Check out Le Chal: World’s first interactive footwear that show the way

When Krispian Lawrence and Anirudh Sharma– two young techies wanted to create a tool to help the blind they didn’t know they are going to build something which is much more powerful and will be world’s first interactive haptic footwear.

Le Chal, launched in Mumbai on Tuesday, is a made-in-India shoe-smartphone combination navigation device that has taken wearable technology to a whole new level and could give shoe majors a run for their money.

Though Lawrence and Sharma had initially designed to help visually impaired with mobility through unobtrusive means, the duo soon realized that this innovation can be useful to everyone. They went on to create Ducere Technology and its own brand Le Chal. Based on haptic navigational system, the footwear guides the user towards their destination through simple vibrations.
“What really makes it different from any wearable gadget is that it also has a fun element added to it,” Lawrence said.

The user tells the phone his desired destination, which is translated into electronic commands using voice-recognition software. The app, which can be programmed to run in the background, fetches the local map of the area. The phone’s Global Positioning System (GPS) tracks the person’s location in real-time, telling the actuator to vibrate when it is time to turn. The side of the shoe where the vibration is felt indicates which way to go. The vibration is weak in the beginning of the journey and starts to grow stronger as the destination approaches.

The app is compatible with both Android and iPhone devices and most of the operations can be performed using the volume keys.

Anirudh Sharma, a postgraduate from Massachusetts Institute of Technology, left his job as a researcher at HP Labs and teamed up with Krispian Lawrence, an electronics engineer turned patent producer. After living in the US for almost 3 years, Krispian left his lucrative job at one of the best Intellectual Property Law firms in the US and moved to India to start Ducere Technology.
When asked, why they chose to make such a product in India, Lawrence said, “We are a country of engineers, we are innovators. Why should all the gadgets be made outside our country?”
Besides the navigation, one can use the footwear for fitness and trekking too. “The footwear can count your steps and track your calories burnt. Through the app, the user can set goals and create custom workout sessions,” Lawrence said.

“You can go on a trek, discover new places and never get lost,” Lawrence said.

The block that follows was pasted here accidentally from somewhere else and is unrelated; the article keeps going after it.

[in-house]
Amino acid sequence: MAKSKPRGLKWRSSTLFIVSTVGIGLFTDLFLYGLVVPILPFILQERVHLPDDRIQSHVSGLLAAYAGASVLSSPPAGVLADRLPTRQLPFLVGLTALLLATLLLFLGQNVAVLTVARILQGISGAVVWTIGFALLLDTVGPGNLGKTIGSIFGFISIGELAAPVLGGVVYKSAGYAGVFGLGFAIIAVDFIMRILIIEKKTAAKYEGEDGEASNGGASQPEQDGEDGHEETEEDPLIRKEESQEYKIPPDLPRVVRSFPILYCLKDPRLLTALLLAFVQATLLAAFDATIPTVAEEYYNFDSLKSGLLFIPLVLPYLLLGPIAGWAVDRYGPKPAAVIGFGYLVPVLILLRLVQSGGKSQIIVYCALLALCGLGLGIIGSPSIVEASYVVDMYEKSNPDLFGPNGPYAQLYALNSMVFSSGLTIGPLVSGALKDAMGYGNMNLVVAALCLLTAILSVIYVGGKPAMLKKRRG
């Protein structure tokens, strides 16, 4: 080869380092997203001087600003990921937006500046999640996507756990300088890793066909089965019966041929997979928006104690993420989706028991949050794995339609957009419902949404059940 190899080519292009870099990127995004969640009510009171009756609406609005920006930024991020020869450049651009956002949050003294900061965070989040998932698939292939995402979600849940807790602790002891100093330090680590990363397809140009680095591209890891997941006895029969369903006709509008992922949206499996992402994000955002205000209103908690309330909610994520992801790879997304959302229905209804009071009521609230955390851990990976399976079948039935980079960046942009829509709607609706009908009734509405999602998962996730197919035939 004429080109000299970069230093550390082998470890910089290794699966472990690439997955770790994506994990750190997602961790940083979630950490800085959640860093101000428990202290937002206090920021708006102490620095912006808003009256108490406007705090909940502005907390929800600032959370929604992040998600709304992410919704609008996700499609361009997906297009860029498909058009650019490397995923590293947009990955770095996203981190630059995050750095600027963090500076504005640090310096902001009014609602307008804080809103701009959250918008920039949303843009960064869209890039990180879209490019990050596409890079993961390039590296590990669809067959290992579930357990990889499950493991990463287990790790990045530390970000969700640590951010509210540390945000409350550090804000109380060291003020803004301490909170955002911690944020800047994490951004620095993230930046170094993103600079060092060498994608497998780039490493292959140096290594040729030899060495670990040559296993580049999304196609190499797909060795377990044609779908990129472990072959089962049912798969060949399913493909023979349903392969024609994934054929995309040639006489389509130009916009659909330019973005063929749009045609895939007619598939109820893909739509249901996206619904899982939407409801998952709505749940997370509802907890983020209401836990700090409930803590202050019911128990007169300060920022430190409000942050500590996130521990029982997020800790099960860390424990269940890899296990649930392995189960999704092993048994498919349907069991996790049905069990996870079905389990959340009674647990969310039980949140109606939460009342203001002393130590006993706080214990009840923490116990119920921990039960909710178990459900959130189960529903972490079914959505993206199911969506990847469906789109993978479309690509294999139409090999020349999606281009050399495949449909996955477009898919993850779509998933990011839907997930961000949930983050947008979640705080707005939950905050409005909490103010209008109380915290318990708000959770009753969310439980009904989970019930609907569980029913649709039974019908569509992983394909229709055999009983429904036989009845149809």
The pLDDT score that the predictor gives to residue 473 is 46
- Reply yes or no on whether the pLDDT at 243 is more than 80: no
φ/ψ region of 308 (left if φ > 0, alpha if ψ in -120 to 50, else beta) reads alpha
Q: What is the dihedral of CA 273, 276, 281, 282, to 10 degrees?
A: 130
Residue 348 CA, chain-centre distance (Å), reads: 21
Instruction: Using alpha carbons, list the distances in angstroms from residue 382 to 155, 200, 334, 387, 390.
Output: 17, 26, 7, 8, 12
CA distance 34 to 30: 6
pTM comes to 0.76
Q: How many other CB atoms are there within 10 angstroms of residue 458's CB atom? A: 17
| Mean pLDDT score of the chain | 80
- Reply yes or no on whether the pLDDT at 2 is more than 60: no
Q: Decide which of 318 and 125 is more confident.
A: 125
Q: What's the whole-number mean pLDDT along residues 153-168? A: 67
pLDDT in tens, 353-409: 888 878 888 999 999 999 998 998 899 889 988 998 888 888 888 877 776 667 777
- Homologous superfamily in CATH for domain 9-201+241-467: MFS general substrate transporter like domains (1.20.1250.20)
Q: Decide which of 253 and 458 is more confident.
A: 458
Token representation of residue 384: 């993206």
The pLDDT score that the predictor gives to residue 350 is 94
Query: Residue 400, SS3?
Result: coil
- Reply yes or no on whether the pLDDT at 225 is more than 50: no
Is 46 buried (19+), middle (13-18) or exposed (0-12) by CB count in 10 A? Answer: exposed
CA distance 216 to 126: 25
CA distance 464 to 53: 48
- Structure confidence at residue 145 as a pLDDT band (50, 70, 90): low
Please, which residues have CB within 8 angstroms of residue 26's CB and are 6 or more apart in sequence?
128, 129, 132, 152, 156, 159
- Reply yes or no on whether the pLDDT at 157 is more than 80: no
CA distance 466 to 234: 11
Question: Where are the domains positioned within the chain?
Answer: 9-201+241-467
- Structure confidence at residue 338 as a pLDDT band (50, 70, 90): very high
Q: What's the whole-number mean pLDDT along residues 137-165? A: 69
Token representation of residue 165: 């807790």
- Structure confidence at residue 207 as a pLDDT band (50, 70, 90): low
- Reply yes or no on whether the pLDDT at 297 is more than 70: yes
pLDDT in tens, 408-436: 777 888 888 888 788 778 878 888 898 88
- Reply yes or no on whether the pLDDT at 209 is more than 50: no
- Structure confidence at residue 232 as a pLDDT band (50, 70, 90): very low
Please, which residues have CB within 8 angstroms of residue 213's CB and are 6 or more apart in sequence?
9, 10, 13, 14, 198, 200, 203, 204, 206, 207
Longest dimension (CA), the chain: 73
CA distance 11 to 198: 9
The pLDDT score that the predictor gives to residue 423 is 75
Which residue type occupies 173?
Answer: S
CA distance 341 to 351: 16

The footwear also allows the user to tag locations and set destinations by tapping your foot and can also act as a reminder.

“Le Chal won’t let you leave your phone behind,” the MIT graduate said.
What about safety? The shoe pod is equipped with an obstacle-detection mechanism. A sensor in the tip of the shoe, devised by Lawrence,  scans the vicinity using sonar, which emits ultrasounds that bounce off obstacles, indicating their presence.

“There’s also an emergency contact that can be saved on your phone. It wills end a message to your contact if you are in trouble,” he said.
For now, Lawrence has a larger plan—he wants to subsidize the cost of the footwear for the visually imapired.

“Every time you buy a pair of Special Edition footwear, one pair of Le Chal footwear will be subsidised for a visually challenged person,” Lawrence said.
Although each shoe is priced at $100 (Rs 6,000 approx), the subsidised shoe will be avialble to visually challenged for half the price, around  $40- $50 (Rs 2,000- 3,000).

The  footwear is still being tested at the LV Prasad Eye Institute, one of India’s biggest eye-health facilities. The challenge, Lawrence says, is to get the algorithm to tell an uncovered manhole from a flight of stairs, but he expects it to be able to do so in due course.

Le Chal footwear will be available for pre-order from 7 March and will be sold online. However, Lawrence says they are trying to work out a deal with retail stores in India. “We are in talks with some sports brands, but nothing’s confirmed yet,” he says.

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